Astra 902: Because More Rounds Are Better

The Spanish Astra firm introduced its C96 Mauser lookalike, the Model 900, in 1927 to take advantage of the strong Chinese demand for that type of handgun. When Bestigui Hermanos introduced a select-fire machine pistol to the Chinese market, Astra quickly followed suit with their Model 910 and 902 in 1928. The 901 was really just a select-fire adaptation of the Model 900, while the 902 made an effort to compensate for the quite fast rate of fire (900 rounds/minute) by using a fixed 20-round magazine instead of the 901’s 10-round magazine.

A total of 7075 Model 902 Astra pistols were made, with the design followed in 1932 by the Model 903 and its detachable box magazines. In order to accommodate the extra-long magazine, the shoulder stocks of the 902s (all Astra 900-series guns were shipped with should stock holsters) had a deep opening cut out, which was then covered by a detachable leather boot to protect the magazine of the gun and close off dirt from the opening in the stock.

One very rare variant of the 902 is the semiautomatic-only type, of which only 50-75 were made (about half the number of 20-round Mauser C96 pistols). We have one of those to look at today, along with its intact original shipping box.



  1. “strong Chinese demand for that type of handgun”
    I heard that it was due to embargo on “military” weapons like rifles, but not pistols (as “police” weapon). I am not sure about that and who imposed such limitations, but it would make sense as promoting substitute-rifle weapons.

    • Substitute rifle? Okay, if we consider the long range performance of the cartridge when used properly. Let’s also consider that the Mauser C96 and its variants are more like personal defense weapons than rifles or sub-machine guns. At close quarters, you DON’T want one (or half a dozen) pointed at you.

      Given a choice of guns and ammunition hidden in a mountain cave along with 10 tons of gold bullion, which do you take when uphill of a nasty bandit gang? Said bandits appear to have lever-action rifles chambered for .44-40 Winchester and have not known about that gun stash since they haven’t gone up there before you did.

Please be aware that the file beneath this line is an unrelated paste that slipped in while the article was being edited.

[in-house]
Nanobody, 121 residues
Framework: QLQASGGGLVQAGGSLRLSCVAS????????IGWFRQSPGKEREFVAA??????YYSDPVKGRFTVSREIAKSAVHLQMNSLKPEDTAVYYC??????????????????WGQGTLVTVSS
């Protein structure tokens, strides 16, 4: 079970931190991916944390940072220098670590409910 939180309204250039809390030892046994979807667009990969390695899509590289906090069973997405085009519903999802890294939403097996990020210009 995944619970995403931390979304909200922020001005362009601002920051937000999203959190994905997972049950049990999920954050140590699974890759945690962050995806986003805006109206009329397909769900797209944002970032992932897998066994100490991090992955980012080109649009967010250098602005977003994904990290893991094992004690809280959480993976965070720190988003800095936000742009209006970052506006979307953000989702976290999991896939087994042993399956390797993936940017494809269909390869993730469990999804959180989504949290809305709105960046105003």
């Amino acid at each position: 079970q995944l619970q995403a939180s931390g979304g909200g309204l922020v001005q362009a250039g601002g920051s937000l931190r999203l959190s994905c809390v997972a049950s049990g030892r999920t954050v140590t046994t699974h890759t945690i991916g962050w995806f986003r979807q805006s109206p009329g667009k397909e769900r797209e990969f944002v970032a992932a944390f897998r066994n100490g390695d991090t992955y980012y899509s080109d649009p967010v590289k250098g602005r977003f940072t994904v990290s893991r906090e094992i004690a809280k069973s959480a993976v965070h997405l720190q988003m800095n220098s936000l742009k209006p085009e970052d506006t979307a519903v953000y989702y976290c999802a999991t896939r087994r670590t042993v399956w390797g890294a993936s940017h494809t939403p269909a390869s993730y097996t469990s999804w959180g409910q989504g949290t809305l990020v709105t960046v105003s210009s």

1. Astra 902
      2. Type 92 Heavy Machine Gun loaded with high-explosive ammunition (not kidding)
      3. MG-34 with doppel-trommel conversion installed
      4. Winchester 9410
      5. Colt Monitor
      6. MG-08/15 loaded with AP rounds
      7. Mossberg 590A1 with bayonet and plated shot
      8. RPK with drum magazine of hollow point ammunition (!!)
      9. Get something else!!

      This is totally voluntary. You aren’t required to answer if you don’t want to do so. Please keep any and all criticism humane and free of foul language.

      Thank you,


      • good heavens. Absent a Vickers-Berthier LMG or a Yugoslav PKM 84, I’d have to opt for the Swedish kpist m/37/39 9mm SMG… hopefully with a hobo sack full of ammunition! It’d be great to have the semi-auto-only version of the Astra 902, however. Very interesting.

      • In a defensive situation like that, the full-grown, belt-fed machine gun wins every time, preferably the water-cooled one unless you have a helper. (Barrel-changes on the MG34 were definitely a two-man job.)

        About the only things that would be as useful would be a 2-inch or 60mm trench mortar (your choice of British, U.S., or Spanish Ecia), or a flamethrower.



  2. Mechanically similar to…
    but even better fitted and finished than the Mauser.

    There really was no need for the Franco regime’s neo-mercantilist policy of outlawing cheaper competition to Astra, Star and Llama.

    The little guys were satisfying a completely different segment of the market.

    Astra, Star, Llama… and todays remaining top end Spanish makers of shotguns are world class producers

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